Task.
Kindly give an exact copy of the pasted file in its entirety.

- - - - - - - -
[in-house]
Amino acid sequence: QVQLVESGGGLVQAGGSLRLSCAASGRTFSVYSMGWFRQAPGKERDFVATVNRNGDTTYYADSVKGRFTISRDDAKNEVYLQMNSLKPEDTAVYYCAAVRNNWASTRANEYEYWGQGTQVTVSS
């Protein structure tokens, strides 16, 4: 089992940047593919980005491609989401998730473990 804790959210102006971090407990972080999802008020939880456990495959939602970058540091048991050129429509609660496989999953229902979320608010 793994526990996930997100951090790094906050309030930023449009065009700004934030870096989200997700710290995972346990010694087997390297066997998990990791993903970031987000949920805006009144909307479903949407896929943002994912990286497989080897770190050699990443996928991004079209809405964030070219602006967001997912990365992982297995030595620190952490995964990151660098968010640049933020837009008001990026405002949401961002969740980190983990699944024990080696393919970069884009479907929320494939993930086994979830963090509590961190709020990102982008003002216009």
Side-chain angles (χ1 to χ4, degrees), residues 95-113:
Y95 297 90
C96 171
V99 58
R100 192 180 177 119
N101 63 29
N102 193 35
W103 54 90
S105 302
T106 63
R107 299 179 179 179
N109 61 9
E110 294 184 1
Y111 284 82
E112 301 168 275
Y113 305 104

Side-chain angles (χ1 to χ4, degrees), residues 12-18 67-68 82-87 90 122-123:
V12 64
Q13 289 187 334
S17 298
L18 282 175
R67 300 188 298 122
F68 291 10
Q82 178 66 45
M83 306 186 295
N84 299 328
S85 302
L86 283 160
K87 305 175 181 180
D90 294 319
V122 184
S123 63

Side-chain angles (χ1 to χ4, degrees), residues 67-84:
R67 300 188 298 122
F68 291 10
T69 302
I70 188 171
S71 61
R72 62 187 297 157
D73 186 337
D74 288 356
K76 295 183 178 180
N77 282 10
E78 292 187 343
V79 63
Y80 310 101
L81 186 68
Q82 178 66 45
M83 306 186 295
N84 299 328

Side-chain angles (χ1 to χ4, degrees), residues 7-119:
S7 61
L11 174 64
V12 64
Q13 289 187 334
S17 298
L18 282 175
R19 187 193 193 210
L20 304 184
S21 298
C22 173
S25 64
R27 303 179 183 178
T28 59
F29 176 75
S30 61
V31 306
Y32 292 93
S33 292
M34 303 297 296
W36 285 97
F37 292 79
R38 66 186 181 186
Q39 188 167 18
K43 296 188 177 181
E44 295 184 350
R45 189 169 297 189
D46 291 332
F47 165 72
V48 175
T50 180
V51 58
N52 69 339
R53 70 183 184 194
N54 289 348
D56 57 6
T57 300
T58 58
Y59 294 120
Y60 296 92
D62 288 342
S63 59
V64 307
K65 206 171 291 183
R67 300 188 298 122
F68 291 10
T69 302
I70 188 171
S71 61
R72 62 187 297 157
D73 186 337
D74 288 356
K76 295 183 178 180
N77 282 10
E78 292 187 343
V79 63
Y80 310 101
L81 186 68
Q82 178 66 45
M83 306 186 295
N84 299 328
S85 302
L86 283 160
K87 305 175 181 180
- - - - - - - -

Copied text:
[in-house]
Amino acid sequence: QVQLVESGGGLVQAGGSLRLSCAASGRTFSVYSMGWFRQAPGKERDFVATVNRNGDTTYYADSVKGRFTISRDDAKNEVYLQMNSLKPEDTAVYYCAAVRNNWASTRANEYEYWGQGTQVTVSS
């Protein structure tokens, strides 16, 4: 089992940047593919980005491609989401998730473990 804790959210102006971090407990972080999802008020939880456990495959939602970058540091048991050129429509609660496989999953229902979320608010 793994526990996930997100951090790094906050309030930023449009065009700004934030870096989200997700710290995972346990010694087997390297066997998990990791993903970031987000949920805006009144909307479903949407896929943002994912990286497989080897770190050699990443996928991004079209809405964030070219602006967001997912990365992982297995030595620190952490995964990151660098968010640049933020837009008001990026405002949401961002969740980190983990699944024990080696393919970069884009479907929320494939993930086994979830963090509590961190709020990102982008003002216009």
Side-chain angles (χ1 to χ4, degrees), residues 95-113:
Y95 297 90
C96 171
V99 58
R100 192 180 177 119
N101 63 29
N102 193 35
W103 54 90
S105 302
T106 63
R107 299 179 179 179
N109 61 9
E110 294 184 1
Y111 284 82
E112 301 168 275
Y113 305 104

Side-chain angles (χ1 to χ4, degrees), residues 12-18 67-68 82-87 90 122-123:
V12 64
Q13 289 187 334
S17 298
L18 282 175
R67 300 188 298 122
F68 291 10
Q82 178 66 45
M83 306 186 295
N84 299 328
S85 302
L86 283 160
K87 305 175 181 180
D90 294 319
V122 184
S123 63

Side-chain angles (χ1 to χ4, degrees), residues 67-84:
R67 300 188 298 122
F68 291 10
T69 302
I70 188 171
S71 61
R72 62 187 297 157
D73 186 337
D74 288 356
K76 295 183 178 180
N77 282 10
E78 292 187 343
V79 63
Y80 310 101
L81 186 68
Q82 178 66 45
M83 306 186 295
N84 299 328

Side-chain angles (χ1 to χ4, degrees), residues 7-119:
S7 61
L11 174 64
V12 64
Q13 289 187 334
S17 298
L18 282 175
R19 187 193 193 210
L20 304 184
S21 298
C22 173
S25 64
R27 303 179 183 178
T28 59
F29 176 75
S30 61
V31 306
Y32 292 93
S33 292
M34 303 297 296
W36 285 97
F37 292 79
R38 66 186 181 186
Q39 188 167 18
K43 296 188 177 181
E44 295 184 350
R45 189 169 297 189
D46 291 332
F47 165 72
V48 175
T50 180
V51 58
N52 69 339
R53 70 183 184 194
N54 289 348
D56 57 6
T57 300
T58 58
Y59 294 120
Y60 296 92
D62 288 342
S63 59
V64 307
K65 206 171 291 183
R67 300 188 298 122
F68 291 10
T69 302
I70 188 171
S71 61
R72 62 187 297 157
D73 186 337
D74 288 356
K76 295 183 178 180
N77 282 10
E78 292 187 343
V79 63
Y80 310 101
L81 186 68
Q82 178 66 45
M83 306 186 295
N84 299 328
S85 302
L86 283 160
K87 305 175 181 180